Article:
You may not hear much about the latest rage shooting, a strange event that happened in
Township near .
That's because the early reports were carried by one of the lesser news
purveyors, United Press International, rather than the more widely followed
Associated Press, BBC, or major American television networks. Ann Arbor, Michigan
|Ben Clink said he pleaded for his life while moving snow|
Clink told reporters, "I was just saying 'Please don't shoot me, please don't shoot me, I'll move the snow, please don't shoot me.'"
Clink is a white man.
is a black man.
The story didn't make the UPI "Top News" category. It didn't even make the top five in the UPI "Odd News" reporting. Perhaps that's because of media preoccupation with another shooting rage story in
There Michael Dunn, 47, was convicted recently on attempted murder and other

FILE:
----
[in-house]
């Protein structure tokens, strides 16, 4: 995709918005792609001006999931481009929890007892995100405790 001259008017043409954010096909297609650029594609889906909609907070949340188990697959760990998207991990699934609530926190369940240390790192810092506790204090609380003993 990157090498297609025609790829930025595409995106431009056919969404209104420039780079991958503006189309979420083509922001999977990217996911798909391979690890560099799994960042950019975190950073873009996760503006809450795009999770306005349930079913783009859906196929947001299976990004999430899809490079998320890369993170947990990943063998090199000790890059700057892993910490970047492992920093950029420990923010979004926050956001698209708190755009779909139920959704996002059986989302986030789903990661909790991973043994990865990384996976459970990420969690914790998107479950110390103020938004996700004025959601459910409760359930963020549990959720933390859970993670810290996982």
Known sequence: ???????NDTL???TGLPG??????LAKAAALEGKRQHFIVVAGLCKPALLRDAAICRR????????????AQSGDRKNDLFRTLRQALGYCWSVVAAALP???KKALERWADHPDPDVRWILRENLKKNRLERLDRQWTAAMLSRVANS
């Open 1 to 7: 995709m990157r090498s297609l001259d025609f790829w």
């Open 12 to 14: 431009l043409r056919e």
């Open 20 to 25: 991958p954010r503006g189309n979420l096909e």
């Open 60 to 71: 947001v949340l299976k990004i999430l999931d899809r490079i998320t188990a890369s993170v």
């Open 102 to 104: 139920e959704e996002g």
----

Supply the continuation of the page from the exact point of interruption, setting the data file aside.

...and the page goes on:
Dunn said he and his girlfriend were in the parking lot of a convenience store when passengers in a vehicle carrying four teenagers played loud rap music that irritated him. After a confrontation about the music, Dunn fired 10 shots at the vehicle, hitting it nine times, and killing 17-year-old Jordan Davis.
As things now stand, Dunn is scheduled to serve at least 60 years in prison, a virtual life sentence for one his age. A possible retrial and appeal are pending. Dunn had a concealed weapon carry permit.
It appears that deadly violence inspired by rage over what seem to be petty matters is not the province of one race or another.
It seems to me more likely that the seeds of rage lurk within humans of many varieties. Throughout history, responses to insults or irritations often were violent and sometimes lethal, although in "civilized" societies the violence came to be more likely a relatively harmless poke in the chest, push to the ground, or punch in the mouth.
But now in the
U.S., killing people or trying to
over small matters seems to be increasing throughout the land. It couldn't be
because more people are carrying guns, could it? Of course not--the National Rifle Association
tells us that cannot be so.